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Headway Digital has appointed Sebastián Yoffe as SVP, Business Development. Moving from Buenos Aires to New York City, he’ll be responsible for the firm’s business development in the U.S.

 

 

 

 

Oath has named Steve Guillén as new Account Director, U.S. Hispanic. In this role, Guillén will oversee Oath’s sales portfolio for the West Coast region.

 

 

 

 

 

Walton Isaacson has promoted Christine Villanueva to Chief Strategy and Brand Officer. In this newly-created position, Villanueva is charged with leading and building out a next-generation global strategy function at the agency as well as overseeing all branding efforts on behalf of clients.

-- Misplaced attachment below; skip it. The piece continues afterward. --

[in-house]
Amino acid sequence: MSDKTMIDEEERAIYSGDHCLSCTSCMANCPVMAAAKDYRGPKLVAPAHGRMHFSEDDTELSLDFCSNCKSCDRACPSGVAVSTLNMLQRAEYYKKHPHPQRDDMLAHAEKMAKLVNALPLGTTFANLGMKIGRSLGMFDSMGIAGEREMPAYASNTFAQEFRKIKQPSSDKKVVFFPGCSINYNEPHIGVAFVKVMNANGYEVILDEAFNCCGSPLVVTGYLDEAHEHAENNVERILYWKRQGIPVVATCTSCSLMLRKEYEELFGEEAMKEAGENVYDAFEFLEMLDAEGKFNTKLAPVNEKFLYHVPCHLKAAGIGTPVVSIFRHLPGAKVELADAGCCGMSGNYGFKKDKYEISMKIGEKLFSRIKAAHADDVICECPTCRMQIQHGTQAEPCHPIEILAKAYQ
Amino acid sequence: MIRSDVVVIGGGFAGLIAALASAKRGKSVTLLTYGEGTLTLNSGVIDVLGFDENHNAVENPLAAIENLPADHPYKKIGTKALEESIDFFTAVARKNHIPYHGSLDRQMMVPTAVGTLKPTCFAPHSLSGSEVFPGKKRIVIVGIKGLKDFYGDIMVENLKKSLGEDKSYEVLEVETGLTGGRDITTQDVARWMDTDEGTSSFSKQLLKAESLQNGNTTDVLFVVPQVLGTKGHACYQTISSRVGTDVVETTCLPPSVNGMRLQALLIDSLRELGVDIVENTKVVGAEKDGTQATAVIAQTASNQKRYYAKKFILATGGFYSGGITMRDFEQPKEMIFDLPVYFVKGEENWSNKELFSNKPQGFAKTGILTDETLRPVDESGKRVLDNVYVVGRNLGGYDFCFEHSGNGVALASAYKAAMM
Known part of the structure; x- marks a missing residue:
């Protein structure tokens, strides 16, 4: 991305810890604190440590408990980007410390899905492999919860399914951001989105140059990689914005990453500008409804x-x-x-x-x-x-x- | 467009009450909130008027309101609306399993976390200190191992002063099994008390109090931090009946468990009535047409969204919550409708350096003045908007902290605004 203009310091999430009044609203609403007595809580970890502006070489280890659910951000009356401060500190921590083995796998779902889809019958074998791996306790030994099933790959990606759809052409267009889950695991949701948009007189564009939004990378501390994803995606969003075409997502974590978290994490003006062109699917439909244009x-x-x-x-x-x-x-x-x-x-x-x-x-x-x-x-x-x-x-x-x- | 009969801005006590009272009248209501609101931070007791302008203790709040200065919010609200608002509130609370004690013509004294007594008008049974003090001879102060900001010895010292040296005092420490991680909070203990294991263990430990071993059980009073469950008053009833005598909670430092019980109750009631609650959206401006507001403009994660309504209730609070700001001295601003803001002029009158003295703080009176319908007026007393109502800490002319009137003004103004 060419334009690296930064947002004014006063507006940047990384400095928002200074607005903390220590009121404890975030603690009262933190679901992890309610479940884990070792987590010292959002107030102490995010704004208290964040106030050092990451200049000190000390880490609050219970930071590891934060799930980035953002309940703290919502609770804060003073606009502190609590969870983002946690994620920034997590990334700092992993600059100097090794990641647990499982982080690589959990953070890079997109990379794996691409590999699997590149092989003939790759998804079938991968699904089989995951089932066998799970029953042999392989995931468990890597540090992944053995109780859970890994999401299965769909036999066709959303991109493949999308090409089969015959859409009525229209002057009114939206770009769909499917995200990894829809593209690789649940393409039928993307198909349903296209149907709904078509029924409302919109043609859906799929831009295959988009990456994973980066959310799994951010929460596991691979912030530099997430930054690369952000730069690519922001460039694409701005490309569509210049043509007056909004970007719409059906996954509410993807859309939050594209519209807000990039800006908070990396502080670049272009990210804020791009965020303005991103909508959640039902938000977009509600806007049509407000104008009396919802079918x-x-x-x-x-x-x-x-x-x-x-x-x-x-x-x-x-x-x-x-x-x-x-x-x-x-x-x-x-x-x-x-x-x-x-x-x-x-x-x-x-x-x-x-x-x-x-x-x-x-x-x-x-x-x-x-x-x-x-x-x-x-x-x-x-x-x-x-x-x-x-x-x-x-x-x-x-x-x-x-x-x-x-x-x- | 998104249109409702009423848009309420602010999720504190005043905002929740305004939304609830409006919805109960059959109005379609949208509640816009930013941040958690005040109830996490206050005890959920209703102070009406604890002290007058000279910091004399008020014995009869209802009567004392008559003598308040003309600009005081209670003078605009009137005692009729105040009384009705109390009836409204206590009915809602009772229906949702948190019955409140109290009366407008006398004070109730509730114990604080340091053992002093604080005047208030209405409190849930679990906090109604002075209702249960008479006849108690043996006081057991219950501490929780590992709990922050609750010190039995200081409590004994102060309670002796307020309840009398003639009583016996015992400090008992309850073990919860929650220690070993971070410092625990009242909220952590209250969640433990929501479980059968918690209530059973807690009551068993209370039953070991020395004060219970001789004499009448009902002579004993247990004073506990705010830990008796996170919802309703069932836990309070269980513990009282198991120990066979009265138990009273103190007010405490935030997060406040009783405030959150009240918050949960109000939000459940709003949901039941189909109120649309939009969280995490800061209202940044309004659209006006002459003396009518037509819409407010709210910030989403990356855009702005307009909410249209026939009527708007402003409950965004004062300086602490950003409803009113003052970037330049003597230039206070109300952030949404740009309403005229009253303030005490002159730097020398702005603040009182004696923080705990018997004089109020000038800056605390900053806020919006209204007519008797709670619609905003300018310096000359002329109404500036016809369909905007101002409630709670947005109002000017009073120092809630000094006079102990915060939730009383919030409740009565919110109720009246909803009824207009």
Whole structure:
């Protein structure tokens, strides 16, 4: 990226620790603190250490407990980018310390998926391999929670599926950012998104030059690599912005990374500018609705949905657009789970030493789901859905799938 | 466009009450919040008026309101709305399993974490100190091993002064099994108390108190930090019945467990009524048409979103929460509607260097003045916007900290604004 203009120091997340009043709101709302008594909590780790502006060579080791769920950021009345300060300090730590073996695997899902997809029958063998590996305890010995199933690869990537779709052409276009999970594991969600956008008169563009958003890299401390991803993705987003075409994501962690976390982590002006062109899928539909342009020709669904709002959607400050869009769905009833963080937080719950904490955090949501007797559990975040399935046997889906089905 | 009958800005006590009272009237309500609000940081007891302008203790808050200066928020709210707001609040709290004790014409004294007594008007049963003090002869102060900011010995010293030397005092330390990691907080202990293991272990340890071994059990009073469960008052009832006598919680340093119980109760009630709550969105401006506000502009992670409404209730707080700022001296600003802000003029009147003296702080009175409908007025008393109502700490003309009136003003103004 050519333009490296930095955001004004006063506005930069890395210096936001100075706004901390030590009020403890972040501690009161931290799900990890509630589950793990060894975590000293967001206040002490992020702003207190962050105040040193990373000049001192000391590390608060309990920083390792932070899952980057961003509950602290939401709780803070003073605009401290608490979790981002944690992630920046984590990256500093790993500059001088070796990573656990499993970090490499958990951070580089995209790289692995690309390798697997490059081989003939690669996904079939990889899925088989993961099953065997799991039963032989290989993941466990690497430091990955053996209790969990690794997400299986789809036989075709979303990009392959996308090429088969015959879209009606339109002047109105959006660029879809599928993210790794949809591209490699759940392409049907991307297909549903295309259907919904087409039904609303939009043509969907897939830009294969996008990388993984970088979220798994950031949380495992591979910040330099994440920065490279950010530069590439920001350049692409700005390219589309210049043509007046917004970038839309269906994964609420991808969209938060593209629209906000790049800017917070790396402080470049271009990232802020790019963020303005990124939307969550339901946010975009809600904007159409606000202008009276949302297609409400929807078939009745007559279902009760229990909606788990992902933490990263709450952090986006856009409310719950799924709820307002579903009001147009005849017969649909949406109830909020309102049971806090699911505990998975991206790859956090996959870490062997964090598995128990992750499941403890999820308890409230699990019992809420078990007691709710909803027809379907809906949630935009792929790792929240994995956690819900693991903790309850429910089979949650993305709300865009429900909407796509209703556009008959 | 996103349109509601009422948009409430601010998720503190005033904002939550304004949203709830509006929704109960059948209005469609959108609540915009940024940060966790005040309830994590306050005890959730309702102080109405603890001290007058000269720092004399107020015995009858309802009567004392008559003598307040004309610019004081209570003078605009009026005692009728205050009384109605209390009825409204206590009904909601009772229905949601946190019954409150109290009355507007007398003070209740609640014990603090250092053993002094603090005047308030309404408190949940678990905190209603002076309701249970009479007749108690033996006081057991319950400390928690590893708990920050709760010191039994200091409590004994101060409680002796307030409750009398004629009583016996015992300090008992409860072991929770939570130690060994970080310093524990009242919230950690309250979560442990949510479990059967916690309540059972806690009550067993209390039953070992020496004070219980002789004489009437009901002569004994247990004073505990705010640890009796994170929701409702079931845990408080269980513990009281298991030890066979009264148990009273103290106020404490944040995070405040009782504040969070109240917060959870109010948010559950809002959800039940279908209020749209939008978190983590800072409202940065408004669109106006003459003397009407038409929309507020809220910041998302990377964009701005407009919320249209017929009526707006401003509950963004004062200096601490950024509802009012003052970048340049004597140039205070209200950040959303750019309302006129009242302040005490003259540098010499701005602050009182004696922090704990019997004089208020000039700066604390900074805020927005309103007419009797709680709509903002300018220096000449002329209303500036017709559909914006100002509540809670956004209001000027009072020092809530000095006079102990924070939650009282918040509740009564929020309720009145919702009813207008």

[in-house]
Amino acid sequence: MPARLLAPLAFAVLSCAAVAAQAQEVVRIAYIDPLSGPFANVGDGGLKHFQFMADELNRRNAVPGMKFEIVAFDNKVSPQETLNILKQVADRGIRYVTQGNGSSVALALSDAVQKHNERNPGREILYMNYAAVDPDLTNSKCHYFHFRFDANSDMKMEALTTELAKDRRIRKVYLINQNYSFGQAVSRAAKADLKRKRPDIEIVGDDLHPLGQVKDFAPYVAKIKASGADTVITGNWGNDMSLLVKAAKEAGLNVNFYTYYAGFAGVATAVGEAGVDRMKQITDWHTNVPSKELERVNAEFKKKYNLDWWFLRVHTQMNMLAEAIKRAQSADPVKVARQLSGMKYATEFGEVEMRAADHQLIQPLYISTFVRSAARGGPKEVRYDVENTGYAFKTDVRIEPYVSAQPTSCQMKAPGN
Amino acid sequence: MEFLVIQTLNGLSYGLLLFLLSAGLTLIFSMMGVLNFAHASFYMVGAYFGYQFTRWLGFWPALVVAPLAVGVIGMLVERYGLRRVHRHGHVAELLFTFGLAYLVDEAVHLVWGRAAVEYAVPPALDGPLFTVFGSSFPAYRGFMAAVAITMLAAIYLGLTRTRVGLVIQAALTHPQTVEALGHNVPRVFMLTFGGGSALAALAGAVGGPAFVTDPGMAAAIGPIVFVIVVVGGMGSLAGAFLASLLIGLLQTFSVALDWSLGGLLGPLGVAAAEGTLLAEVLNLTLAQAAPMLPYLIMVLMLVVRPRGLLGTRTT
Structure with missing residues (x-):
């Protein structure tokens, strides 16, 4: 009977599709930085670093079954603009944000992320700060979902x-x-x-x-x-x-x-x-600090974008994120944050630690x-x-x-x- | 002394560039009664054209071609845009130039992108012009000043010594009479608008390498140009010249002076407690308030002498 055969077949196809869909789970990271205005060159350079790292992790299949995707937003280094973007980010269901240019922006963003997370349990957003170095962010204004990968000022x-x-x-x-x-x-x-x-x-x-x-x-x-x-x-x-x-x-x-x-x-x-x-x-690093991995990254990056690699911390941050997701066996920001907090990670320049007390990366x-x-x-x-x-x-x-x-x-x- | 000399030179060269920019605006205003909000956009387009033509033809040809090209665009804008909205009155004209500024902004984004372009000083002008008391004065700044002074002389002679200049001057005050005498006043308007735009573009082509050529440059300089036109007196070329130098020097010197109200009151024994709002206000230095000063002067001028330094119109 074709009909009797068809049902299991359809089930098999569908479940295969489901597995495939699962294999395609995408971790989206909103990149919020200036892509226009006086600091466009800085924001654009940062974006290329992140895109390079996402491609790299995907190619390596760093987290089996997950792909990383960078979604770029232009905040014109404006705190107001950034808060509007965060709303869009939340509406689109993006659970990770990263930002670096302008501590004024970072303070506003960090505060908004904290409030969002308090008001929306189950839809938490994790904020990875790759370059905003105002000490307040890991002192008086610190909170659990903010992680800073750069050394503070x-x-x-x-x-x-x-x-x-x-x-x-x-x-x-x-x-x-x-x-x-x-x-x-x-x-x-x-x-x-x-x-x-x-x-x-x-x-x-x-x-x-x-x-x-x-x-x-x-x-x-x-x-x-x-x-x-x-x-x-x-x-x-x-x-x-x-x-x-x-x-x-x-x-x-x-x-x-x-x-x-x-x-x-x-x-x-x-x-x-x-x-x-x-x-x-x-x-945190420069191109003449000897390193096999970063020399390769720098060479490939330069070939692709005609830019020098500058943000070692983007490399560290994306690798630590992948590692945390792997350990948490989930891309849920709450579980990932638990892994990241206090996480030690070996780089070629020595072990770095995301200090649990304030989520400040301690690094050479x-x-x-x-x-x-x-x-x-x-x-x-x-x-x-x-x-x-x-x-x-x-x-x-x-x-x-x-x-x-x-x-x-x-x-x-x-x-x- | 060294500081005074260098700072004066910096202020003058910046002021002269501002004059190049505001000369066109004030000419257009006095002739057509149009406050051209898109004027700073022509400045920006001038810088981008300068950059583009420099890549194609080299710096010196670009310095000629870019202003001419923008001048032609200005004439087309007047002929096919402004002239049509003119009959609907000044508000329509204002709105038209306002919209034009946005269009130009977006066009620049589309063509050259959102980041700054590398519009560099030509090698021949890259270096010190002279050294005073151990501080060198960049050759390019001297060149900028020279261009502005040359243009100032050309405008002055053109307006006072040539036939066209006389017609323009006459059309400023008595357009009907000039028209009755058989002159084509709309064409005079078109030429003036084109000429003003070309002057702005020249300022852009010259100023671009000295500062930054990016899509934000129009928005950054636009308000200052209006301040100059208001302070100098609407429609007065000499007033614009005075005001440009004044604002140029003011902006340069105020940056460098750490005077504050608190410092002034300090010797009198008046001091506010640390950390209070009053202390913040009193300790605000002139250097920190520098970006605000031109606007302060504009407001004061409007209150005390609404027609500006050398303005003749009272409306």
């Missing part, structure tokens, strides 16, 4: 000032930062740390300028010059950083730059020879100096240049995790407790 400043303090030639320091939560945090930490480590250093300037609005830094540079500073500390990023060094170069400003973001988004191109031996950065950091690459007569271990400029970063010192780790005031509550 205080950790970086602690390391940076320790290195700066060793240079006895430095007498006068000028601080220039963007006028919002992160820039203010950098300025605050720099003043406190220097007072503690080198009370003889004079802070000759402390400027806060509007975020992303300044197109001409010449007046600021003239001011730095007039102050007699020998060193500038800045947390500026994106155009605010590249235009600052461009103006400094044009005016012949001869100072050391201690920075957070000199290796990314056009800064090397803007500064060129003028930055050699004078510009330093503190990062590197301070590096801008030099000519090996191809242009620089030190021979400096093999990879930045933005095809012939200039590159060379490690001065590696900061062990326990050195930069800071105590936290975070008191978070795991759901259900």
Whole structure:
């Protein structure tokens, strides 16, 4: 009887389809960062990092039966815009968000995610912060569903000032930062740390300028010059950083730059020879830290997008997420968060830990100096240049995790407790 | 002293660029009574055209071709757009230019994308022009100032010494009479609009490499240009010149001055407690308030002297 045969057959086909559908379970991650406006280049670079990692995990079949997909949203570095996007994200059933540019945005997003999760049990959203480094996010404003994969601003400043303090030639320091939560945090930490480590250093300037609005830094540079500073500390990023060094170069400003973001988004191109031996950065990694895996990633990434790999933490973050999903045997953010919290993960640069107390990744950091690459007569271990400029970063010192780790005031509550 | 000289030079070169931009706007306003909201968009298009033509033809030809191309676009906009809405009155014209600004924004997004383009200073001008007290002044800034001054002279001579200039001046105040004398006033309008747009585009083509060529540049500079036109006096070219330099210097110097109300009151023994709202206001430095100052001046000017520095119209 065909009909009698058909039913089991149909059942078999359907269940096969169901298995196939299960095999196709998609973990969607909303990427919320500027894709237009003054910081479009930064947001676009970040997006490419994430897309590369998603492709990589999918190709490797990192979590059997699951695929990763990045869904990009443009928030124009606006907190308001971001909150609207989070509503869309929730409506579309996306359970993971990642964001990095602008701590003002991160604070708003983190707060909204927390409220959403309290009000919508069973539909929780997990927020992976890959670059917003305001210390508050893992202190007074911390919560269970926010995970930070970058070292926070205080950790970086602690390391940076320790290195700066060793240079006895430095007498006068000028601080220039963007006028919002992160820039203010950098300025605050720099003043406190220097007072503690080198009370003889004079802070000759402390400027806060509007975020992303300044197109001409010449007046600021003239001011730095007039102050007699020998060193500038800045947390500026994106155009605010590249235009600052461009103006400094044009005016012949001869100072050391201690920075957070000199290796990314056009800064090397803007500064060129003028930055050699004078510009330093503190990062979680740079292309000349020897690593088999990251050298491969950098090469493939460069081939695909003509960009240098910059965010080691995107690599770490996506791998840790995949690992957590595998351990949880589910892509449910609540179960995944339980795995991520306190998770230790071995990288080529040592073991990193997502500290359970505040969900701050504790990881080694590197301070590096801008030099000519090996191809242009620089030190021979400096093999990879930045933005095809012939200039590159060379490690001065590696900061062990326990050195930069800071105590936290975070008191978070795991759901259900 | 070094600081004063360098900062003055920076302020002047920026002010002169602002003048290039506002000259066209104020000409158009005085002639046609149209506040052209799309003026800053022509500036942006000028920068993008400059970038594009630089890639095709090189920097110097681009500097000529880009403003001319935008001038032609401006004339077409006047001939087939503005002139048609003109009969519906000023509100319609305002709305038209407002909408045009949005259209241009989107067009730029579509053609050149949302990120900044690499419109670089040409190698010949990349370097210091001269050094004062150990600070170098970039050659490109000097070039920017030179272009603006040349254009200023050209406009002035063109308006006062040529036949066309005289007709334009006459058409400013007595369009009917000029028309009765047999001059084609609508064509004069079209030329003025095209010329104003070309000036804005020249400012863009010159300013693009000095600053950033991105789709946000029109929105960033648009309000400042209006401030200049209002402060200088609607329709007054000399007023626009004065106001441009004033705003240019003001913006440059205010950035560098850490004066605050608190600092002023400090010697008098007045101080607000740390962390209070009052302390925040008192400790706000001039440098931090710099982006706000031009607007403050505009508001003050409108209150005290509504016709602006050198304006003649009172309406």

Irwin Gotlieb, executive leader and former CEO at WPP media agency GroupM is stepping down as global chairman. He will become a senior advisor to GroupM parent WPP. He served as GroupM’s CEO from its 2003 founding until 2012, when he transitioned to the global chairman role.

 

 

 

 

Haymarket has appointed Lindsay Stein as editor of Campaign U.S. The industry veteran joins Campaign after two and a half years at Ad Age as an agency reporter.

 

 

 

 

Andrew Mortimer, Sky’s director of media, has moved from the marketing group to the newly-created role of director of client strategy for Sky Media. In this role, he will be tasked with building “deeper relationships” with clients.

 

 

 

 

 

Arc, Leo Burnett’s retail and shopper marketing agency, has announced that Soche Picard has joined the company as chief executive officer for North America. In her new role, Picard will develop the commerce pillar of the agency’s positioning platform, culture, context, and commerce.